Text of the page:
Spiegel's first real taste of tech and entrepreneurship came when he crossed paths with Scott Cook, founder of Intuit, at a Stanford business school class he was sitting in on, thanks to the reference of a family friend. The story goes that Spiegel begged Cook for a job. The plea worked. Spiegel got to work with Cook and an engineer on a project called TxtWeb, which took information available online and made it accessible via SMS to people in India who didn't have broadband Internet access.

After the Intuit gig, Spiegel and his Kappa Sigma fraternity brother Bobby Murphy started FutureFreshman.com, a site with a guide for students, parents, and counselors on how to manage the college application process. No one, save for their parents, used it, Spiegel said.

Then, in the spring of 2011, Spiegel made the call that changed his life. The call was to Murphy to discuss switching from FutureFreshman to a new idea: disappearing picture messages.

Well, that's the myth anyhow.

Now you see him ...
The real creation story behind Snapchat is more complicated and involves Reggie Brown, a Kappa Sigma fraternity brother who came up with the idea of deleting picture messages.

Reggie Brown (left), Bobby Murphy, and Evan Spiegel (right) pictured celebrating Snapchat's launch in July 2011. Screenshot by Jennifer van Grove/CNET

Brown brought the idea to Spiegel, and Spiegel recruited his FutureFreshman cohort Murphy to code the app. The threesome then worked together, spending the summer of 2011 at the Toyopa Drive residence in Pacific Palisades. Initially called Picaboo, the first version of Snapchat launched in July 2011. Brown, an English major with no coding skills, was assigned relatively menial marketing tasks and applied for a patent.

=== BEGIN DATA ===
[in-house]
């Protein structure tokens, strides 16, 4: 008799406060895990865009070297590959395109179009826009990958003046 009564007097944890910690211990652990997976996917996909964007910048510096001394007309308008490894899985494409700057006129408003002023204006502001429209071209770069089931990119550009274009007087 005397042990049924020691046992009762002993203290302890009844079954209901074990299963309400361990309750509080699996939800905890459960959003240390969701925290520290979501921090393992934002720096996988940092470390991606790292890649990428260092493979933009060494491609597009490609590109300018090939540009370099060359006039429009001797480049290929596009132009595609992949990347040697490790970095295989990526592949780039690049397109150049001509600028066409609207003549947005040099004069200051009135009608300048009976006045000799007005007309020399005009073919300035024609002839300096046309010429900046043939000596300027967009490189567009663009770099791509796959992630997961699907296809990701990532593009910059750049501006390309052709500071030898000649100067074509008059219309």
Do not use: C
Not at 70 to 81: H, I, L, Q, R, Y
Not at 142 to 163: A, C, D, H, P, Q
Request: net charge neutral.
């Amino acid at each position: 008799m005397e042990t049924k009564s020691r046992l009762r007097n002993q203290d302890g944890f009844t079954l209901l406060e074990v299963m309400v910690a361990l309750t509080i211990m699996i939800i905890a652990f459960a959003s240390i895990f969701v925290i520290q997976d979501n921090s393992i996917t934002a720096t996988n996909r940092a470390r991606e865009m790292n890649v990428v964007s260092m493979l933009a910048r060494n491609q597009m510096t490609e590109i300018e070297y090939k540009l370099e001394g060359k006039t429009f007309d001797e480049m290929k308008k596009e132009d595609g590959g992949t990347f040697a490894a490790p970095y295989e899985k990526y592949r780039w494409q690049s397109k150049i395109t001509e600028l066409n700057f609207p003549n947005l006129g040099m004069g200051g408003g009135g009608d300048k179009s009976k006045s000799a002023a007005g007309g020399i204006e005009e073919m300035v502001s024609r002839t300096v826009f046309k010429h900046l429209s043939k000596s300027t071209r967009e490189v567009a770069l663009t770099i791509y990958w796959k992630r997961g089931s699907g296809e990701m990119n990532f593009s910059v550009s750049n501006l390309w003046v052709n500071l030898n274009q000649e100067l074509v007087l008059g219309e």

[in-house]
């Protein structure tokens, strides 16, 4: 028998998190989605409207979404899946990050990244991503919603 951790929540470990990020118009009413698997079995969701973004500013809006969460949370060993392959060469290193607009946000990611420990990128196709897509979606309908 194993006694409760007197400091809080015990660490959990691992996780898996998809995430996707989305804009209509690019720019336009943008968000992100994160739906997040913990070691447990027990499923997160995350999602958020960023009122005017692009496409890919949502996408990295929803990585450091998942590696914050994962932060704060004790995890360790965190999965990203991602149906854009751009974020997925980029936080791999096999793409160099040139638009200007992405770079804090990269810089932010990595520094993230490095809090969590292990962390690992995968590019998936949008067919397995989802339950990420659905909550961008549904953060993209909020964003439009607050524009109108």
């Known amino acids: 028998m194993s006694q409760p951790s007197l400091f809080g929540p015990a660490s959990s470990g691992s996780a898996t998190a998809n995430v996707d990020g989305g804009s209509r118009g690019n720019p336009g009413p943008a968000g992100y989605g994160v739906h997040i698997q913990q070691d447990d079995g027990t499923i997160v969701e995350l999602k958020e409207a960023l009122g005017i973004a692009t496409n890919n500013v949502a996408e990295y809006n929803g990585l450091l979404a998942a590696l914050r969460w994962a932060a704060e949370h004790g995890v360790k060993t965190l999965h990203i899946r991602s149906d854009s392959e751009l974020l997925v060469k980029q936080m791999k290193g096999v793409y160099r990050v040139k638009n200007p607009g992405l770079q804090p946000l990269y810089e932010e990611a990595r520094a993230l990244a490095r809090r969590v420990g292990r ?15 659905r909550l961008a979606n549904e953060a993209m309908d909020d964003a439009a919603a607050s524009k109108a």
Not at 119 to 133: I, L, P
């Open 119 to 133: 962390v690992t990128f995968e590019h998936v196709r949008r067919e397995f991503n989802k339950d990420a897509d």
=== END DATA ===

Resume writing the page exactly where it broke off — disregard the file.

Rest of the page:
A month later, Brown was forced out of the company he helped bring to life, according to his version of events. Now he's suing Spiegel, Murphy, and Snapchat's investors for a substantial stake in the company. Brown claims to have designed the Snapchat logo and to have named the mascot "Ghostface Chillah." [The ghost recently lost its smiley face in a design tweak and currently goes by the moniker "NoFace Chillah."]

But life, as Spiegel has said, isn't fair.

Two years after the app's launch, Spiegel and Murphy have moved Snapchat, now a 28-person team, into a new office in Venice, Calif., and have turned the maker of the disappearing-picture app into one of the most talked-about Internet companies, one said to be valued in the billions. Though the company does not disclose the size of its user base, Pew Research Center's Internet Project recently estimated that 9 percent of adult cell phone users in the US use Snapchat. It's an impressive figure for a 2-year-old app, and one that doesn't account for Snapshot's popularity with teenagers.

Long ago having mended the strained relationship with his father, and obviously no longer burdened by overdraft fees, Spiegel is also back residing at the Toyopa Drive estate where just six years earlier he was pulling in $250 in weekly allowances. Despite living with his father, Spiegel may be the most envied guy around, if not for the billions he purportedly refused from Facebook, then for the fact that his girlfriend, Lucinda Aragon, is a 24-year-old model who socializes with the likes of Chrissy Teigen and Kate Upton.

Snapchat may prove to be as fleeting as the attention span of the teens who pass around disappearing picture and video messages, but if Spiegel's first 23 years of existence are any indication, the rich-kid-turned-celebrity-CEO has fortune on his side.

Evan Spiegel and his model girlfriend, Lucinda Aragon. Screenshot/Jennifer Van Grove/CNET

If not, odds are he'll be just fine.

"I am a young, white, educated male. I got really, really lucky," Spiegel said in April. "And life isn't fair. So if life isn't fair -- it's not about working harder, it's about working the system."